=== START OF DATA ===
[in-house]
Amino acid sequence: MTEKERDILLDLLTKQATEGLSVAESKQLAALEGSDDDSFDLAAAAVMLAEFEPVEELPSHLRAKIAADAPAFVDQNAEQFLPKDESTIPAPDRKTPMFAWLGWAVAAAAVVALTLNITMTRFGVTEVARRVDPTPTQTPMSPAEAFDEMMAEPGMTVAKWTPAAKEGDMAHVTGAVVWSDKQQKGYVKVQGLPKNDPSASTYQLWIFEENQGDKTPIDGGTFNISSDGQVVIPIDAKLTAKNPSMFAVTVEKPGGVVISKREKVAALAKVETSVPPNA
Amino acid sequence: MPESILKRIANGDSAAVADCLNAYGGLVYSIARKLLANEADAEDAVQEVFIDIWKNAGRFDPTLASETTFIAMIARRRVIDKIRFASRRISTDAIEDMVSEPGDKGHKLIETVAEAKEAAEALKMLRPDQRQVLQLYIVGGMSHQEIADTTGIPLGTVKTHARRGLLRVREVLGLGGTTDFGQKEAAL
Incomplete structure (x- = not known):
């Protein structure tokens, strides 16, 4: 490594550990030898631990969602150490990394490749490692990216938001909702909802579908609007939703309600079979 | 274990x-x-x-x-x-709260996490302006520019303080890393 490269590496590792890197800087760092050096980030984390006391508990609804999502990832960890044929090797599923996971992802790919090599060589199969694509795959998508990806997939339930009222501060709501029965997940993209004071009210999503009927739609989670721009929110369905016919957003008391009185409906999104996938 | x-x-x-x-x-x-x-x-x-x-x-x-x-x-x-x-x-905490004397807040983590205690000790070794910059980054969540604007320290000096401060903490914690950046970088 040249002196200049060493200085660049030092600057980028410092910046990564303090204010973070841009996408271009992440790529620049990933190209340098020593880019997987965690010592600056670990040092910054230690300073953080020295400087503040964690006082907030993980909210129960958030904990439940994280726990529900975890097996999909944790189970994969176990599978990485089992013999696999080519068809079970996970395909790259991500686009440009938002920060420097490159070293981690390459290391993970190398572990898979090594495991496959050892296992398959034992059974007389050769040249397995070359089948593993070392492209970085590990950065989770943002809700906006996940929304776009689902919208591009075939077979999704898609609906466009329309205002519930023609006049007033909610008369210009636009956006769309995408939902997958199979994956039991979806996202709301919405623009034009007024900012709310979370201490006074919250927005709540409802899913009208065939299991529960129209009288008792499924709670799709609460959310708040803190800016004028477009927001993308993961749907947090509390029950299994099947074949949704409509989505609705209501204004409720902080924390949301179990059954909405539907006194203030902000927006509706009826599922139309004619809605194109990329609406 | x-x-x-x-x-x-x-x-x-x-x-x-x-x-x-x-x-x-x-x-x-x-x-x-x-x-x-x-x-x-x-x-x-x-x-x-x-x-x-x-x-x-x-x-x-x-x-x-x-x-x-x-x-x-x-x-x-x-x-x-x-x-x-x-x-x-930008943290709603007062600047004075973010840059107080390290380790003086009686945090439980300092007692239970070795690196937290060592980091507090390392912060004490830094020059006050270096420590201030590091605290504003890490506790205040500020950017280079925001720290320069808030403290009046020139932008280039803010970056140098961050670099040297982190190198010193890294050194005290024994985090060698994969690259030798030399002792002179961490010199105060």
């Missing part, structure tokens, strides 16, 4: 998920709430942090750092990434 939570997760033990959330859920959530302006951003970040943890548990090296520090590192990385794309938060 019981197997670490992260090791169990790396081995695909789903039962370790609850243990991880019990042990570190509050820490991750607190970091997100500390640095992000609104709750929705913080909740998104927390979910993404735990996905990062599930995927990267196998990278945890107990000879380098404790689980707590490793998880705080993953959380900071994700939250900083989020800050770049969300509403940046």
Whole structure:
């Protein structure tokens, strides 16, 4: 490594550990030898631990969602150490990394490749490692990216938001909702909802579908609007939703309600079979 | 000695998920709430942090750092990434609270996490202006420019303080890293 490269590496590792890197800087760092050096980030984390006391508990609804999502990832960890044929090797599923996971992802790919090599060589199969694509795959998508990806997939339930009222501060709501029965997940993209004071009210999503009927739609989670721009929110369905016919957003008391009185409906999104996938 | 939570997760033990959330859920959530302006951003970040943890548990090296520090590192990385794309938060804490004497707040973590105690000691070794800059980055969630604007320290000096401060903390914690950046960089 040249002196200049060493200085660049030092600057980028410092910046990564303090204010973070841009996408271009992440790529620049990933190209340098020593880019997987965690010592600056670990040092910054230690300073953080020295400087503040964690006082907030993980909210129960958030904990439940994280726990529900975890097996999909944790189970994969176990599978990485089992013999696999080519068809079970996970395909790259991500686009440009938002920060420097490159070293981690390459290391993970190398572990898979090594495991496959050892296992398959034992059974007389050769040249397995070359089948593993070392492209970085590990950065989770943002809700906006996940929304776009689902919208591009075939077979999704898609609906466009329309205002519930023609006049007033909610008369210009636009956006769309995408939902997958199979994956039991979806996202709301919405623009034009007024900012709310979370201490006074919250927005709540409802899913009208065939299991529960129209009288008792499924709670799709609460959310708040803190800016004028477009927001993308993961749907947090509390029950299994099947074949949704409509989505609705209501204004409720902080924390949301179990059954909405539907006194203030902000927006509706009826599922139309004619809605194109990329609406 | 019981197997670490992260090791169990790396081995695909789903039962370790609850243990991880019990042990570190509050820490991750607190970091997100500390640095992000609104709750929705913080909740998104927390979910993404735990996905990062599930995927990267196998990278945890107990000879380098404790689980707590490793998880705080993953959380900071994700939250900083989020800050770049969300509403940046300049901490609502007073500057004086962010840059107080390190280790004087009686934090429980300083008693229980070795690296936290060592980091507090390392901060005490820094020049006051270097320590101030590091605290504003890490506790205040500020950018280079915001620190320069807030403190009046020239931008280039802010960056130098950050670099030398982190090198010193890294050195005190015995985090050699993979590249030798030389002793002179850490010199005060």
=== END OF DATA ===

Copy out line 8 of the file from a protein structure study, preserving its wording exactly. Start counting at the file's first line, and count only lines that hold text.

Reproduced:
């Protein structure tokens, strides 16, 4: 490594550990030898631990969602150490990394490749490692990216938001909702909802579908609007939703309600079979 | 000695998920709430942090750092990434609270996490202006420019303080890293 490269590496590792890197800087760092050096980030984390006391508990609804999502990832960890044929090797599923996971992802790919090599060589199969694509795959998508990806997939339930009222501060709501029965997940993209004071009210999503009927739609989670721009929110369905016919957003008391009185409906999104996938 | 939570997760033990959330859920959530302006951003970040943890548990090296520090590192990385794309938060804490004497707040973590105690000691070794800059980055969630604007320290000096401060903390914690950046960089 040249002196200049060493200085660049030092600057980028410092910046990564303090204010973070841009996408271009992440790529620049990933190209340098020593880019997987965690010592600056670990040092910054230690300073953080020295400087503040964690006082907030993980909210129960958030904990439940994280726990529900975890097996999909944790189970994969176990599978990485089992013999696999080519068809079970996970395909790259991500686009440009938002920060420097490159070293981690390459290391993970190398572990898979090594495991496959050892296992398959034992059974007389050769040249397995070359089948593993070392492209970085590990950065989770943002809700906006996940929304776009689902919208591009075939077979999704898609609906466009329309205002519930023609006049007033909610008369210009636009956006769309995408939902997958199979994956039991979806996202709301919405623009034009007024900012709310979370201490006074919250927005709540409802899913009208065939299991529960129209009288008792499924709670799709609460959310708040803190800016004028477009927001993308993961749907947090509390029950299994099947074949949704409509989505609705209501204004409720902080924390949301179990059954909405539907006194203030902000927006509706009826599922139309004619809605194109990329609406 | 019981197997670490992260090791169990790396081995695909789903039962370790609850243990991880019990042990570190509050820490991750607190970091997100500390640095992000609104709750929705913080909740998104927390979910993404735990996905990062599930995927990267196998990278945890107990000879380098404790689980707590490793998880705080993953959380900071994700939250900083989020800050770049969300509403940046300049901490609502007073500057004086962010840059107080390190280790004087009686934090429980300083008693229980070795690296936290060592980091507090390392901060005490820094020049006051270097320590101030590091605290504003890490506790205040500020950018280079915001620190320069807030403190009046020239931008280039802010960056130098950050670099030398982190090198010193890294050195005190015995985090050699993979590249030798030389002793002179850490010199005060």